Technical background of the modules
„Europe – side by side“ (coming up soon) and „Europe -construction and perception“ are flash-applications, programmed in the Flash-API using ActionScript2. The contours of the countries derive from the Natural Earth 1:50Mio dataset, applying the ETRS898 Lambert Azimuthal Equal Area Coordinate Reference System. To avoid distortion and to keep the north orientation of the state, the longitude zones were adjusted.
The module „Europe – abstract spatial time travel“ is an interactive flash-timeline-animation with ActionScript 3 Elements. The circle cartograms are instanced on the fly using a database consisting of a coordinate dataset derived from a slightly modified algorithm for „Dorling Cartograms“ focused on keeping common borders, if possible sometimes disregarding centroids, based on a spatial dataset composed using the historical GIS of the Leibniz Institute of European History. The second dataset on the historical sizes of European countries has been compiled from various sources, mainly statistical almanacs.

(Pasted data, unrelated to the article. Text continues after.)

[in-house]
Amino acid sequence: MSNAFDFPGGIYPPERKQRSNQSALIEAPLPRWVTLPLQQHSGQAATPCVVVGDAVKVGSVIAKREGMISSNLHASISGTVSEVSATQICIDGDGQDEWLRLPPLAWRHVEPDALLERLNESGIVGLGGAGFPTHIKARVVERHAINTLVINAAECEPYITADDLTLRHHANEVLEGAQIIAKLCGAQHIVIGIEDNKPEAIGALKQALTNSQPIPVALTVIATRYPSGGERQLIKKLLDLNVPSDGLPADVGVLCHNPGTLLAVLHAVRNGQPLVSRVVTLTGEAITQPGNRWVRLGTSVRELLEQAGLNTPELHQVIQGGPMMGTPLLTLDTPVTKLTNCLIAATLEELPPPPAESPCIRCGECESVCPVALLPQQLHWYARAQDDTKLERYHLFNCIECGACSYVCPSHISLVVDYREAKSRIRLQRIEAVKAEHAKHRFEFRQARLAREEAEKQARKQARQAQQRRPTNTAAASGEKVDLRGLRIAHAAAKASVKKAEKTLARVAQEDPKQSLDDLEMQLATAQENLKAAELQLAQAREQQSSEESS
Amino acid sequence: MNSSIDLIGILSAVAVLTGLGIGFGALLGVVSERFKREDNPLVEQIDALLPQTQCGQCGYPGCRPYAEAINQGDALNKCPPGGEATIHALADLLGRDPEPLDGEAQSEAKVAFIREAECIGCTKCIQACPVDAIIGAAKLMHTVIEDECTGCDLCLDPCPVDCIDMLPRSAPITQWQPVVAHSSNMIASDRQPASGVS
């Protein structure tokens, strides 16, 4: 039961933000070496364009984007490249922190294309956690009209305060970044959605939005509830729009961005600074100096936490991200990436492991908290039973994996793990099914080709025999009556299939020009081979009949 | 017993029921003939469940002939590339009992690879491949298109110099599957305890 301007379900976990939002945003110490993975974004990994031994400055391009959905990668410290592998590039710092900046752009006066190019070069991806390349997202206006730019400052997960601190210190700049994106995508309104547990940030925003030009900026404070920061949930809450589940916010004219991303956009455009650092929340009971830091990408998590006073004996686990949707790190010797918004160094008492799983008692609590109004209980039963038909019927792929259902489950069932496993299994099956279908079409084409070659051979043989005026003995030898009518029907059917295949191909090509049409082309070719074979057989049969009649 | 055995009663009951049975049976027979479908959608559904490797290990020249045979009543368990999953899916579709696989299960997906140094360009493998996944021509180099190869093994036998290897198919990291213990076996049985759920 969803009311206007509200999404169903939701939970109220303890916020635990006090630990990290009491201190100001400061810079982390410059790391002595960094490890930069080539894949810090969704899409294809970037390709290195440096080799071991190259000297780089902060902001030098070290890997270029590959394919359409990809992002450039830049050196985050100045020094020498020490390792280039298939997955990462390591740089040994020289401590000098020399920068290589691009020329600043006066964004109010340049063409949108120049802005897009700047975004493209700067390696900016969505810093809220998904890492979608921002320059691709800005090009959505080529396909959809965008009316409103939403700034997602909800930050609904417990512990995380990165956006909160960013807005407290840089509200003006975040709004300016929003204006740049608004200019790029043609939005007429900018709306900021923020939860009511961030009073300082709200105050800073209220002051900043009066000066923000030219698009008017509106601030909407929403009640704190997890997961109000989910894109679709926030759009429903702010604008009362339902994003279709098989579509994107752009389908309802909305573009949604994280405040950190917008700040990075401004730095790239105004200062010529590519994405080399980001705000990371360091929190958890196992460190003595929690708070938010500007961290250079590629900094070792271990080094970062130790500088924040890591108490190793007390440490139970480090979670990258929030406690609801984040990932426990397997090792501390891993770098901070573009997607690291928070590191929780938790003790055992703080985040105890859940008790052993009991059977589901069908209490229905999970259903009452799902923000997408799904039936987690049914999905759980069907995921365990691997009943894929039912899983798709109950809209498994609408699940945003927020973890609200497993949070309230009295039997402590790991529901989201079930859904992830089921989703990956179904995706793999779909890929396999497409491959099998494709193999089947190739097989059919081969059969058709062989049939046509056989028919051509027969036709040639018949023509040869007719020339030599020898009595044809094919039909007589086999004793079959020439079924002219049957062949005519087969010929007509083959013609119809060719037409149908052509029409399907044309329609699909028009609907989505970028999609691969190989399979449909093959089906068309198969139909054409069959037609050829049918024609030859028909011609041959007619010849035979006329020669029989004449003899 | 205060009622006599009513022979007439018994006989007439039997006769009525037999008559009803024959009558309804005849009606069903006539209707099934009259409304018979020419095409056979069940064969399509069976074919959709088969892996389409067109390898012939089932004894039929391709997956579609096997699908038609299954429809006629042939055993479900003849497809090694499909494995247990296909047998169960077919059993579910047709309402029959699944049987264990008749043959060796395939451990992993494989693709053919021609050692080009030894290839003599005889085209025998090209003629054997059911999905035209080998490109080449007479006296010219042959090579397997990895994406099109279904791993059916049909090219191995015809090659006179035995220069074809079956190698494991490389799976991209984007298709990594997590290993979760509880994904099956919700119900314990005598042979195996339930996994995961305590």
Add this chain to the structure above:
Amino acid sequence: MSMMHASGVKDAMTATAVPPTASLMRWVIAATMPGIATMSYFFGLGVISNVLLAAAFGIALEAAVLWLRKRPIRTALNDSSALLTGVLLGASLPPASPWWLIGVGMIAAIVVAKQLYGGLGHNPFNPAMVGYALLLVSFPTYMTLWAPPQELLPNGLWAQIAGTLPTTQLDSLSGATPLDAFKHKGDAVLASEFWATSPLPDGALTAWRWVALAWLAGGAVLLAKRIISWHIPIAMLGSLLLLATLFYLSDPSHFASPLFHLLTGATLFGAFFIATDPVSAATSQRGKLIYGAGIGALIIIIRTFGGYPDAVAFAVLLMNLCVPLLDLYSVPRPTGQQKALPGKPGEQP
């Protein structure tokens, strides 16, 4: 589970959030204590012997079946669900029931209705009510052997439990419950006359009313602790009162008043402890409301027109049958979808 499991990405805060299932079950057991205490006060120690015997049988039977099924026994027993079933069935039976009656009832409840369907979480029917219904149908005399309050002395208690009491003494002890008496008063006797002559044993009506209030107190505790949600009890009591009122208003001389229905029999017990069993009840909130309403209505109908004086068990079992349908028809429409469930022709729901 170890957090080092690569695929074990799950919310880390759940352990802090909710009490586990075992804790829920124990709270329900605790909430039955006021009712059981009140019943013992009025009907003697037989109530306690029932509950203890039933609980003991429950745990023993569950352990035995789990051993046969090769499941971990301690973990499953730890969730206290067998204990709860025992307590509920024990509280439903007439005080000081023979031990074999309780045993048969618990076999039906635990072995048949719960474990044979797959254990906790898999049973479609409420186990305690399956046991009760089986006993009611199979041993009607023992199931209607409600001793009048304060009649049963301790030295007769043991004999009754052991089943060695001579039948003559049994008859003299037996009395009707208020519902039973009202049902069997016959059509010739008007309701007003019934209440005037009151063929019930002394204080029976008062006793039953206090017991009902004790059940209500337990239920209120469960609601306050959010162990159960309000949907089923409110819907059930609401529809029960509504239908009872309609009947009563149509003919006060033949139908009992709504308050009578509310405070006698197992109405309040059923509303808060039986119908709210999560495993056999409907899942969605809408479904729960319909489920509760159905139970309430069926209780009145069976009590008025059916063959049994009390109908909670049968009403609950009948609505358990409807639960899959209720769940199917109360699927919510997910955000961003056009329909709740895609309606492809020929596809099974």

The „build your own Europe“ module was developed using OMOA, an open source cartographic visualisation framework made available by the IFL. OMOA is written in ActionScript 3 and implements an object oriented software model of a cartographic sign system for the Flash platform, complete with a cartographic data model that incorporates geometric data as well as multidimensional statistical data. The role of the OMOA framework is to handle, for example, general tasks such as providing layers with geometric data, to manage the rendering of map symbols and to handle the styling of symbol attributes according to statistical data.
The „Europe in Bubbles“ module was visualised using the Protovis Java-Script Framework, designed by the Stanford Visualization Group to make interactive data-visualisation more accessible. Thus, Protovis takes a graphical approach to data visualisation by allowing the web designer to specify how the data should be encoded in the marks representing it on the screen. Protovis uses SVG image for rendering, allowing visualisations to be inserted into html-pages. However, the SVG-interpreter must be installed to parse and process SVG.